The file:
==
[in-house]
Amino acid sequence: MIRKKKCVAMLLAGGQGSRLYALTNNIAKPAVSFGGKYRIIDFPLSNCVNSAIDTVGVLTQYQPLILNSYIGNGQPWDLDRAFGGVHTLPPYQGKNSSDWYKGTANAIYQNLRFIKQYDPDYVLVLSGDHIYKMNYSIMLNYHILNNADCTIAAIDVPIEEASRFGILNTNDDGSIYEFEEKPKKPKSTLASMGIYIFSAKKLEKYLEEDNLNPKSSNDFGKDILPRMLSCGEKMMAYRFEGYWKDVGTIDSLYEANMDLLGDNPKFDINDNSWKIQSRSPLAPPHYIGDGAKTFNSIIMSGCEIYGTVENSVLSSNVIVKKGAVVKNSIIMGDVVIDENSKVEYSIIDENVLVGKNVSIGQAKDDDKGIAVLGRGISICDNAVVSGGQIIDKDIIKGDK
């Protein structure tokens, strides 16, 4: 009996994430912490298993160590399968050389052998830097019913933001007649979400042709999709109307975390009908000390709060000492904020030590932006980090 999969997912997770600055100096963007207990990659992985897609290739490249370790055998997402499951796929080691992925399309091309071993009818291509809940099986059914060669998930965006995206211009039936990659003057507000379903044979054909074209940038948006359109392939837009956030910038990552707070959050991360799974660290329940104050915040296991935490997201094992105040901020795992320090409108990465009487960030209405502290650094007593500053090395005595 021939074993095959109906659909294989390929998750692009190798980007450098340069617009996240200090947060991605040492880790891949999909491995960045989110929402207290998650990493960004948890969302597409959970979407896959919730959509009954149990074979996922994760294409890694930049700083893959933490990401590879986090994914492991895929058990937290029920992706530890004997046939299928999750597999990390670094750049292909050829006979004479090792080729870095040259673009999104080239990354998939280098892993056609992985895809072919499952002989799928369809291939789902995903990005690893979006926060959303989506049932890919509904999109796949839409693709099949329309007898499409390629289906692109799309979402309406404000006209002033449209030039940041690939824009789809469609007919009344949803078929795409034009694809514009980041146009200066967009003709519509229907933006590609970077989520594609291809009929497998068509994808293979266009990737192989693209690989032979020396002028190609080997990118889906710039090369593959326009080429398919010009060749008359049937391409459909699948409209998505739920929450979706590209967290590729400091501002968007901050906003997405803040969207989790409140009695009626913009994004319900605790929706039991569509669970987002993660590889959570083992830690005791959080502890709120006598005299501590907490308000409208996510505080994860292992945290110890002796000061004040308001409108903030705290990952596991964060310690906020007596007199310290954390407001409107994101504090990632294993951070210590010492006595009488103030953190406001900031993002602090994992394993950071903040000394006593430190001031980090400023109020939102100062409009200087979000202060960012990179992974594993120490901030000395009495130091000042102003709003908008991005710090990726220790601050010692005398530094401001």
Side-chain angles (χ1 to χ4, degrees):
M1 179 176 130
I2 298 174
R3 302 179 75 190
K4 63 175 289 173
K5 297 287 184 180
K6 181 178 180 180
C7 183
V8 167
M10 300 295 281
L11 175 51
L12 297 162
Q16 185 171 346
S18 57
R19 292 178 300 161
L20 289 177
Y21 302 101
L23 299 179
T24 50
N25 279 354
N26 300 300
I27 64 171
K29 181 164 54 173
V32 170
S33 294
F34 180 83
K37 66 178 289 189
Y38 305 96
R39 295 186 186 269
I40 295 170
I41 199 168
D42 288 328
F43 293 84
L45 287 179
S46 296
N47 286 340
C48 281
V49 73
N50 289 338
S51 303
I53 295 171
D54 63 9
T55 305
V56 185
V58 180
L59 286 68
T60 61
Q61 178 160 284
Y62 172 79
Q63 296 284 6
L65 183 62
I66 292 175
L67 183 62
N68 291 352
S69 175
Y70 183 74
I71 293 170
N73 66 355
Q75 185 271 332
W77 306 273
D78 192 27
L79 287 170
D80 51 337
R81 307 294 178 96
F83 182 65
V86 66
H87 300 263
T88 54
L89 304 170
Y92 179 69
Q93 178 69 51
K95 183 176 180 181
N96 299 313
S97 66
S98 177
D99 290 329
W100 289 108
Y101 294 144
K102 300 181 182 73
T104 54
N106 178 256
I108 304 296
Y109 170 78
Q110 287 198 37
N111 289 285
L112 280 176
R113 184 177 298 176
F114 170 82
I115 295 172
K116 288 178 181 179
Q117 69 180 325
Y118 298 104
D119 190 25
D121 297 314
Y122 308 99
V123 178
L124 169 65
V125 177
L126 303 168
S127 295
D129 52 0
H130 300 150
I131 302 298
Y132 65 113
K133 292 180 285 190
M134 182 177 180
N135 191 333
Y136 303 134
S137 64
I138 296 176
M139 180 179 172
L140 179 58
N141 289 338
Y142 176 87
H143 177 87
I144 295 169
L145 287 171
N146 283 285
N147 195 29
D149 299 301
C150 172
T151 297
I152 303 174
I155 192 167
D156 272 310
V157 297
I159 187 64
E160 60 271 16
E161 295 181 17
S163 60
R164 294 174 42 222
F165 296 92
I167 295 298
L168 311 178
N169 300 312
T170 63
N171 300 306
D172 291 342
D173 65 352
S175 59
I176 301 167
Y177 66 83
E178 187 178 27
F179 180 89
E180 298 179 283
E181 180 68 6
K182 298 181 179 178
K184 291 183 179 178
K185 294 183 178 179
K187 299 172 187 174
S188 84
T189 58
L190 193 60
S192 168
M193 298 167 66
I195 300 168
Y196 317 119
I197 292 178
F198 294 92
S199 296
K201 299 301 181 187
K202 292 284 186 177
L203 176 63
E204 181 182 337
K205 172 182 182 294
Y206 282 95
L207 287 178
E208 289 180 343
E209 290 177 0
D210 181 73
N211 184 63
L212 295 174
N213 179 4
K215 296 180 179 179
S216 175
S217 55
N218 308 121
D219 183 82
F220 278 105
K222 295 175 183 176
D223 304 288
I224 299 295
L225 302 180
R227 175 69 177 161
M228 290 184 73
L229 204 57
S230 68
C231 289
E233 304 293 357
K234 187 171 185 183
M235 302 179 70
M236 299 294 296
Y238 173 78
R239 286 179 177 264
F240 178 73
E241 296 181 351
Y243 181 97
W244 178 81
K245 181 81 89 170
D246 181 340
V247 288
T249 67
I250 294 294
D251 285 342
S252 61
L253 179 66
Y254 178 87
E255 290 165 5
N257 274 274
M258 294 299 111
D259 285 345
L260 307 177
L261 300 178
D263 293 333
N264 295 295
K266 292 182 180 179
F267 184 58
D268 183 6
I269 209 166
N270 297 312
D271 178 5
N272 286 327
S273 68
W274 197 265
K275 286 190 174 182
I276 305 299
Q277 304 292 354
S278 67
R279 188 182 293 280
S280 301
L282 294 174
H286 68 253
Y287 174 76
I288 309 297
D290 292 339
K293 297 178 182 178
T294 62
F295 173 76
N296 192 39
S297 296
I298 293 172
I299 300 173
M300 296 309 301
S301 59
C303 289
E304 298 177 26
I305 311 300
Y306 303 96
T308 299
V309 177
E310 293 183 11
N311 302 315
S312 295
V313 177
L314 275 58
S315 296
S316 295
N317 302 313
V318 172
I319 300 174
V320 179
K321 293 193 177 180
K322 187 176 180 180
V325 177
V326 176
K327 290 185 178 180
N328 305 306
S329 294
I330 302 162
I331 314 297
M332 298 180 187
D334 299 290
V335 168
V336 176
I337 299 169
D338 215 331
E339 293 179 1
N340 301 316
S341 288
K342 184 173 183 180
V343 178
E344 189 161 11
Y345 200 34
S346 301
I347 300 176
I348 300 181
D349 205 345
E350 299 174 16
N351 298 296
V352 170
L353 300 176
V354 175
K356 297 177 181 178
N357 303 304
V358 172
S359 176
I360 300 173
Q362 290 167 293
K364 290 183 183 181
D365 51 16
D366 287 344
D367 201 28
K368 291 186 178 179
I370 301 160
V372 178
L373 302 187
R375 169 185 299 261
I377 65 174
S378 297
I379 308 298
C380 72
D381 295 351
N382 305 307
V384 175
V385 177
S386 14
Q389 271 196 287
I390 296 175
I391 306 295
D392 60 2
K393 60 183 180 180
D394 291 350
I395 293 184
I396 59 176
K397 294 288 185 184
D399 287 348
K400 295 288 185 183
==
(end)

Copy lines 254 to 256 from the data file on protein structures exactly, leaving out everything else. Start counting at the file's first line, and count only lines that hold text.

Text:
E310 293 183 11
N311 302 315
S312 295